"A well-bred duck turns in its toes
As I do :-try again."









DAME DUCK'S LECTURE TO HER DUCKLINGS. 9


V. VII.
"Yes," said the Ducklings, waddling on : "The hens will peck and fight, but mind,
"That 's better," said their mother; I hope that all of you
"But well-bred ducks walk in a row, Will gobble up the food as fast
Straight-one behind another." As well-bred ducks should do.
"Yes," said the little Ducks again, You'd better get into the.dish,
All waddling in a row. Unless it is too small;
"Now to the pond," said old Dame Duck: In that case, I should use my foot,
Splash, splash and in they go. And overturn it all."



VI. VIII.
"Let me swim first," said old Dame Duck, The Ducklings did as they were bid,
"To this side, now to that; And found the plan so good,
There, snap at those great brown-winged flies, That, from that day, the other fowls
They make young ducklings fat. Got hardly any food.
Now, when you reach the poultry-yard, Thus Old Dame Duck brought up her brood
The hen-wife, Molly Head, In such a genteel way,
Will feed you with the other fowls, That every little waddler kept
On bran and mashed-up bread. Improving every day.








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THE CARPENTER'S SHOP,

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do-
One morn-ing a spruce lit tie Gim let Look'd in to a car- pen-ter's
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I shop, . . And stand ing right up on its screw, It sur -
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vey'd it from bot-tom to top.. "Much com-pa ny, no con-ver sa tion," it

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THE CARPENTER'S SHOP. II





said, as it looked at the tools;. All stand-ing stock still in their pla ces! They



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must be a par cel of fools.




II. V.
"Are you well ?" said the spruce little Gimlet, I always was told," said the Mallet,
Addressing itself to the Plane. To look at my friends when I spoke;-
"Pretty well, when I'm well fed on shavings My head aches a good deal this morning,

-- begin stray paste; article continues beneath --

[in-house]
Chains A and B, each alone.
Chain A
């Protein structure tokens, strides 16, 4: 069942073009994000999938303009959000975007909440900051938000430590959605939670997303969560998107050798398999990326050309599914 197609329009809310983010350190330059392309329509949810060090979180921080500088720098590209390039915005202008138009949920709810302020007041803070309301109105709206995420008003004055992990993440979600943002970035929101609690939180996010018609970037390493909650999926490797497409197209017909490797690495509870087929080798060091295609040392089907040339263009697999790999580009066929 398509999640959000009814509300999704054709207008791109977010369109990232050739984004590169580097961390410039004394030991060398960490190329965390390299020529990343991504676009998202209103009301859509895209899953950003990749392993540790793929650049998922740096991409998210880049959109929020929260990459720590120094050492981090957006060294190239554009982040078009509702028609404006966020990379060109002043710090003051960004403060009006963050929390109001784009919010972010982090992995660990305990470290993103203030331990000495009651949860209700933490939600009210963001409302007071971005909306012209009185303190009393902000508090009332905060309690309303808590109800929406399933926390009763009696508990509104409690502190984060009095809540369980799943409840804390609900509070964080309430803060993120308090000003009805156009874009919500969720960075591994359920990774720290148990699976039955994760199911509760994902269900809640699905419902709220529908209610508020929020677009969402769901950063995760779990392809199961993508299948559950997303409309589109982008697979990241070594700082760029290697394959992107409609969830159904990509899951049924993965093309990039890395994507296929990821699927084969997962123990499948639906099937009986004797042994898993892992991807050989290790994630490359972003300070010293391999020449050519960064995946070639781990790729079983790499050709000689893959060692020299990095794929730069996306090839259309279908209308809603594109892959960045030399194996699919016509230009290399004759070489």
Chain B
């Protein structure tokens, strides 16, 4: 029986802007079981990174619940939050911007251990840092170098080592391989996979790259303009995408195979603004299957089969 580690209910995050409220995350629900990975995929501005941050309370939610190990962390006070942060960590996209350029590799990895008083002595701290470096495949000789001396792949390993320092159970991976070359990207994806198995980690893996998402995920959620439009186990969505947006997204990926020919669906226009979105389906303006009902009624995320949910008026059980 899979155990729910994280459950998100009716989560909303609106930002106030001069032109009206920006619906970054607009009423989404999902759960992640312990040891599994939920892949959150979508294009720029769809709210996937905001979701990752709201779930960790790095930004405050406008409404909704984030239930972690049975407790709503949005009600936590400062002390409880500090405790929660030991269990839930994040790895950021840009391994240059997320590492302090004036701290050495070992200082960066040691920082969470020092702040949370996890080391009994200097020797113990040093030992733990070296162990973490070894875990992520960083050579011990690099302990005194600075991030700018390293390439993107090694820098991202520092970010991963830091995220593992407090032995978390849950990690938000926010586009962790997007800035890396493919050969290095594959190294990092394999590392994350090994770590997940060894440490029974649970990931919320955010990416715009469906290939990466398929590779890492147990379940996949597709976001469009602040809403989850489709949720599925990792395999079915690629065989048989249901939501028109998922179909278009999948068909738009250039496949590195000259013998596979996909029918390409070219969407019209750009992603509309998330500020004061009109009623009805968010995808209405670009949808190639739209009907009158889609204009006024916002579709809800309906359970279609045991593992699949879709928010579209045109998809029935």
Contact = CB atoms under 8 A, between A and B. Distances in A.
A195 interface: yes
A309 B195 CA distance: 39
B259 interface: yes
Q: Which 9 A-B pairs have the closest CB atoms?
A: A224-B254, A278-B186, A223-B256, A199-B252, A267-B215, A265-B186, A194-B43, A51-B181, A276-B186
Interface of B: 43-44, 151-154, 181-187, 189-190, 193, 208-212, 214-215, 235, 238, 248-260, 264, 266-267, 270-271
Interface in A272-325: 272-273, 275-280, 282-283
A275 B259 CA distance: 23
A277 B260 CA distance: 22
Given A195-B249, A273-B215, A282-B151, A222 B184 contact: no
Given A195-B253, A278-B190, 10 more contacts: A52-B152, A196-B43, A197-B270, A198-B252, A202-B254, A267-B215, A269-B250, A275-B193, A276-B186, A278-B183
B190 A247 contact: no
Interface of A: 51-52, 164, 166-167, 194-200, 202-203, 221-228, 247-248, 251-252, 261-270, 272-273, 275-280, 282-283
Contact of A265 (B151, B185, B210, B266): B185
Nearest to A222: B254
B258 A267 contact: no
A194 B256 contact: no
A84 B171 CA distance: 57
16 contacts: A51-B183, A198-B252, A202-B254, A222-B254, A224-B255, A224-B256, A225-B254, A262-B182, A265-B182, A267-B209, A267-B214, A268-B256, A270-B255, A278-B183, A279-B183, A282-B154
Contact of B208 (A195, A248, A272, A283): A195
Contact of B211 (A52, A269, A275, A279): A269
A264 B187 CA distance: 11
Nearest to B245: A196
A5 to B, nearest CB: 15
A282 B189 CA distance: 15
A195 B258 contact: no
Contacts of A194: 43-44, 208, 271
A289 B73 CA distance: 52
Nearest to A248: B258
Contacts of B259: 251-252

That are not too coarse in the grain." It suffers from every stroke."
"And you, do you like your vocation ?" "There should be one wise head among you;
"'T is wearisome work," said the Saw, Pray, what has become of the Square ? "
"To gnaw all day long at hard timber; A Bit of Chalk-Pencil informed it
It gives one a pain in the jaw." That Ruler was not often there:
III. VI.
Do you sleep well up there in your hammock?" It was sent for, to make calculations,
It said to the Tenpenny Nails, And goes with the Carpenter's man,
Which, in the two ends of a wallet, Who consults it on every occasion
Hung down like a couple of scales. About the details of the plan.
The Gimlet awaited their answer, "Will you dance?" it inquired of the Pincers;
And seemed not a little amused I see you 're provided with legs,
When the Tenpennies frankly confessed Though I can't compliment you upon them-
That, as yet, they had never been used. A couple of queer-looking pegs."
IV. VII.
So then it inquired of the Hatchet, Notwithstanding, the Pincers were flattered,
That hung with its sharp-looking nose And straddling across a deal board,
Hooked over a peg in the wall, They slid from the top to the bottom,
If it liked dealing out heavy blows ?" Without ever speaking a word.
The Hatchet vouchsafing no answer, The Gimlet turned merrily round
The Gimlet turned round on its screw, On its sharp little screw of a leg,
And said to the great heavy Mallet, While the Pincers made many a bound
"That question's intended for you." And a pirouette, poised on one leg.
VIII.
The Plane and the Saw and the Mallet
Made music-each such as it could;
And the whole Joiner's shop rang with laughter,
That pealed from the unseasoned wood.
'Twas funny to see how they capered,
And whirled about on the floor;
And every one said that such figures
They never saw danced before.









PUSSY-CAT,

Moderato.

9I7. -- -- 4 --- L _ -
Pus sy Cat lives in the ser vants' hall,-She can set up her back and
/ ----- --- --.. --4-- -4-- -- *_--__--
,- ___ _-_. -_ r- -.____-- -_-_--- -
_-- _
3. "Squeak!" said the lit tle Mouse; "squeak, squeak, squeak!" Said all the young ones
4. "Squeak!" said the lit tle Mouse, "we'll creep out And eat some Che shire




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purr,. The lit tle Mice live in a crack in the wall, But they

.
too;.... "We ne -ver creep out when cats are a bout, Be cause
cheese;.. That sil ly old Cat is a sleep on the mat, And we



-@---- .-------- ----- _-- -_--h-- -_-_- ---- --- --- -----_-- ---


hard- ly dare ven- ture to stir; ... For when ev er they think of




we 're a fraid of You.".. So the cun-ning old Cat lay
may sup at our ease." So the lit tle Mice stole so


cres.-----


|-' V- I I W